Click through to see the scenario that Robert has laid out as an example.
We are excited to announce AWS Glue support for running ETL (extract, transform, and load) scripts in Scala. Scala lovers can rejoice because they now have one more powerful tool in their arsenal. Scala is the native language for Apache Spark, the underlying engine that AWS Glue offers for performing data transformations.
Beyond its elegant language features, writing Scala scripts for AWS Glue has two main advantages over writing scripts in Python. First, Scala is faster for custom transformations that do a lot of heavy lifting because there is no need to shovel data between Python and Apache Spark’s Scala runtime (that is, the Java virtual machine, or JVM). You can build your own transformations or invoke functions in third-party libraries. Second, it’s simpler to call functions in external Java class libraries from Scala because Scala is designed to be Java-compatible. It compiles to the same bytecode, and its data structures don’t need to be converted.
To illustrate these benefits, we walk through an example that analyzes a recent sample of the GitHub public timeline available from the GitHub archive. This site is an archive of public requests to the GitHub service, recording more than 35 event types ranging from commits and forks to issues and comments.
Functional languages tend to be very good for ETL tasks, and Scala is a great choice due to its relationship with Spark.
Writing & reading code is easier if you understand the logic before attacking the code. I find this to be particularly important when you anticipate complicated code. SQL Server sucks at parsing strings, so I anticipate complicated code.
How do you identify the directory from a file path? That’s just everything up to the last slash–and I like to include that final slash to make it clear it’s a directory.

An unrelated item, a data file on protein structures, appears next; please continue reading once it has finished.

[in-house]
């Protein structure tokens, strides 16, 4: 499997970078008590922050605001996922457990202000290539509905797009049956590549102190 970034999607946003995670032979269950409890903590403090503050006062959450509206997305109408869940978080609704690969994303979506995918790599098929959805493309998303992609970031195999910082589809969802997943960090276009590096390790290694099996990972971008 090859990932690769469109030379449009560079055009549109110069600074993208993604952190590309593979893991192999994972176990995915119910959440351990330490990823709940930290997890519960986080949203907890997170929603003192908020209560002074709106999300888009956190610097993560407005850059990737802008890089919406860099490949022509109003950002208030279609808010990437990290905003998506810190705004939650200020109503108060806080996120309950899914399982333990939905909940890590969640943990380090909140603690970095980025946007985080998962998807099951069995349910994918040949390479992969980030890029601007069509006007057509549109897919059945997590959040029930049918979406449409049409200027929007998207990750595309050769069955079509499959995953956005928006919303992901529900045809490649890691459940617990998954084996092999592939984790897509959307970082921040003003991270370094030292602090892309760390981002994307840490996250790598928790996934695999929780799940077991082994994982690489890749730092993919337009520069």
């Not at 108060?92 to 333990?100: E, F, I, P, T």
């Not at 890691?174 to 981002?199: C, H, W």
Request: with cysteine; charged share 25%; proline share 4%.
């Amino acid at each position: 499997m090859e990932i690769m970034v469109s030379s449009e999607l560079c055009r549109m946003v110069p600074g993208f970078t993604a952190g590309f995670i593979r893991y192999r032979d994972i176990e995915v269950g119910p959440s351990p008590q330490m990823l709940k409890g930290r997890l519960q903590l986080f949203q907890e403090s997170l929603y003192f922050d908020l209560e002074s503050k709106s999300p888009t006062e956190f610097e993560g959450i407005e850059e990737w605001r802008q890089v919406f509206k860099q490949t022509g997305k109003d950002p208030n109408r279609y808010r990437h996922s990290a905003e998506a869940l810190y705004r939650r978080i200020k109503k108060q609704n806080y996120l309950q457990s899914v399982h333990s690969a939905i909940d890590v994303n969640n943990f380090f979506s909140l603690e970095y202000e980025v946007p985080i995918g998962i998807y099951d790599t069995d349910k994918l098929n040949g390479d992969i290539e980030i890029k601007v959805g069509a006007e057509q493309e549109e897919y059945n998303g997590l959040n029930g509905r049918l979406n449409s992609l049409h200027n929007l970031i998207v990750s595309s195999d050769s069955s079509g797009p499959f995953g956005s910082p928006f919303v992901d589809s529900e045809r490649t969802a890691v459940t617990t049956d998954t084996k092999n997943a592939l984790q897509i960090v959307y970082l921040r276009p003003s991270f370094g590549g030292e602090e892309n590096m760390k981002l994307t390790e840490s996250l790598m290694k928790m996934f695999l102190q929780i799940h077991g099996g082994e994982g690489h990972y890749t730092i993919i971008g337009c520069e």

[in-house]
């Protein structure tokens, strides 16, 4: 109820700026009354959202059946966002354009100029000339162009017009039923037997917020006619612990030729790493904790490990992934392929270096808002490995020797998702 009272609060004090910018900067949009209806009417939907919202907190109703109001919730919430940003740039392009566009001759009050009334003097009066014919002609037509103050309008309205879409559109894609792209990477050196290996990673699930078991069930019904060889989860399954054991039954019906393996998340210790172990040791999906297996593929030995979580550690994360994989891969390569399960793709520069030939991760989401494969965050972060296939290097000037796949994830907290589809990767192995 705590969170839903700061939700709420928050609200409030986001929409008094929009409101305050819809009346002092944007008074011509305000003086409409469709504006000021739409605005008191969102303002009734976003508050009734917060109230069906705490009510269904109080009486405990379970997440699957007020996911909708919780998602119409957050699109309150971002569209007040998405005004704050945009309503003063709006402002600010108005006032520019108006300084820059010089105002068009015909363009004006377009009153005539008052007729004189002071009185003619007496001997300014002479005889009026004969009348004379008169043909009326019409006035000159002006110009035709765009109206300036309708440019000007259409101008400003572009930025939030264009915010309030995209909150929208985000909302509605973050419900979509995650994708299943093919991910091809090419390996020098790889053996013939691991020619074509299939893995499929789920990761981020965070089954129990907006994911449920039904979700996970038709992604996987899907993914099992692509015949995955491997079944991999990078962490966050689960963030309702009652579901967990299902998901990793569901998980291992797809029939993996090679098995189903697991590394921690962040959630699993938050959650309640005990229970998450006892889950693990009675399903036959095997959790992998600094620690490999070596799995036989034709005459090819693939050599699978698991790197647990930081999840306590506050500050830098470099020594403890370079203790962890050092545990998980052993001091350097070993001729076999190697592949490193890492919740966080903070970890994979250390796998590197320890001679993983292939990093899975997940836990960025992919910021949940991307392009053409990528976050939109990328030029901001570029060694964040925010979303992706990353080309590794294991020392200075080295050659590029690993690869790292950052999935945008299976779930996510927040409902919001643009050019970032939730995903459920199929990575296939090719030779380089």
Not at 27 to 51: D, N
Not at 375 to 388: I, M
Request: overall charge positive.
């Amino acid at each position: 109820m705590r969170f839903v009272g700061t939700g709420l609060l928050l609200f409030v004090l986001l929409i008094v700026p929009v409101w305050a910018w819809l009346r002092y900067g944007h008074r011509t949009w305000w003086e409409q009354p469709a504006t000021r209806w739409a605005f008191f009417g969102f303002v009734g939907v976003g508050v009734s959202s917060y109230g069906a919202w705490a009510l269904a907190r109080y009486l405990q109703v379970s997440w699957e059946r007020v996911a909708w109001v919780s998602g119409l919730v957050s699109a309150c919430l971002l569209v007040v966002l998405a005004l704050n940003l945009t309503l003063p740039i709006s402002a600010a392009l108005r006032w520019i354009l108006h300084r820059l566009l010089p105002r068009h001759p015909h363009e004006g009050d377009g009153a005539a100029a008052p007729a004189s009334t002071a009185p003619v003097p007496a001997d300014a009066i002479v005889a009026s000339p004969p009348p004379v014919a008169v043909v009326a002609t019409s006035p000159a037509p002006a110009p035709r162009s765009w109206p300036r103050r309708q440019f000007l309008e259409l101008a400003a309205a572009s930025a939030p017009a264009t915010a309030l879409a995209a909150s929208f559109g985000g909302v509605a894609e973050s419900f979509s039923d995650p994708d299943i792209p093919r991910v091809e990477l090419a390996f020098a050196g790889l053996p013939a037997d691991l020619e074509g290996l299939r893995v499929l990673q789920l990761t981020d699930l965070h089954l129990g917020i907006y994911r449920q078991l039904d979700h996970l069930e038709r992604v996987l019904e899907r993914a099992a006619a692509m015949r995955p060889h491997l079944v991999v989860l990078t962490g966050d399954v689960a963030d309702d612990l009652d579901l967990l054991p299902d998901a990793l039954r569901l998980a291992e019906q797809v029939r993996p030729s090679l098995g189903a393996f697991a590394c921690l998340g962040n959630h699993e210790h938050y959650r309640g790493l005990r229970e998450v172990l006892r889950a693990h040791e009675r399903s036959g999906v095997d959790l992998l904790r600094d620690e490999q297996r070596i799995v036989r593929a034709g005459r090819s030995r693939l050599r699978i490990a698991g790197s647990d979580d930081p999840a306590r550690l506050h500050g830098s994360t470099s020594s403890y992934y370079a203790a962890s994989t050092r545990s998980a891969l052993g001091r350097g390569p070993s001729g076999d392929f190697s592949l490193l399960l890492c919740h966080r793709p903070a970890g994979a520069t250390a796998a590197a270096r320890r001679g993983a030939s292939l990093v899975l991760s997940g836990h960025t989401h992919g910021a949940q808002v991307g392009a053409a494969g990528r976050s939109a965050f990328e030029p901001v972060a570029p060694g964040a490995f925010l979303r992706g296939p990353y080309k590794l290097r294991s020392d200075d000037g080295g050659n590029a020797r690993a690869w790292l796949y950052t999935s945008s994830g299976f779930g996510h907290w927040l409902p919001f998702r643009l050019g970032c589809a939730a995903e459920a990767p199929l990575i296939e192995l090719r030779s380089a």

How do you identify the file name from a file path? That’s just everything after the final slash.
The key here is going to be identifying that final slash, and grabbing the text on either side.
Read on for the function.
So, let’s pretend it’s the month of April 2017 and this is the partition currently populated. Based on the query above, aside from the current partition bucket, we also have another available bucket month for May.
Say we want to maintain 3 available buckets at any given time. The next available bucket is May, so that means we need 2 more partitions to cover for June and July.
Read on for more, including some scripts that you can automate.
The January release includes several major repo updates and feature releases, including:
Enable the HotExit feature to automatically reopen unsaved files.
Add the ability to access saved connections from Connection Dialog.
Set the SQL editor tab color to match the Server Group color.
Fix the broken Run Current Query command.
Fix the broken pinned Windows Start Menu icon.
Click through for the download link.
Calmly, you settle in and check the server and eventually find your way to the error logs to see the following:
Msg 823, Level 24, State 2, Line 1
The operating system returned error 1(Incorrect function.) to SQL Server during a read at offset 0x0000104c05e000 in file ‘E:\Database\myproddb.mdf’. Additional messages in the SQL Server error log and system event log may provide more detail. This is a severe system-level error condition that threatens database integrity and must be corrected immediately. Complete a full database consistency check (DBCC CHECKDB). This error can be caused by many factors; for more information, see SQL Server Books Online.
Suddenly you understand and feel the collective fear and paranoia. What do you do now that the world has seemingly come to an end for your database?
Definitely worth a read.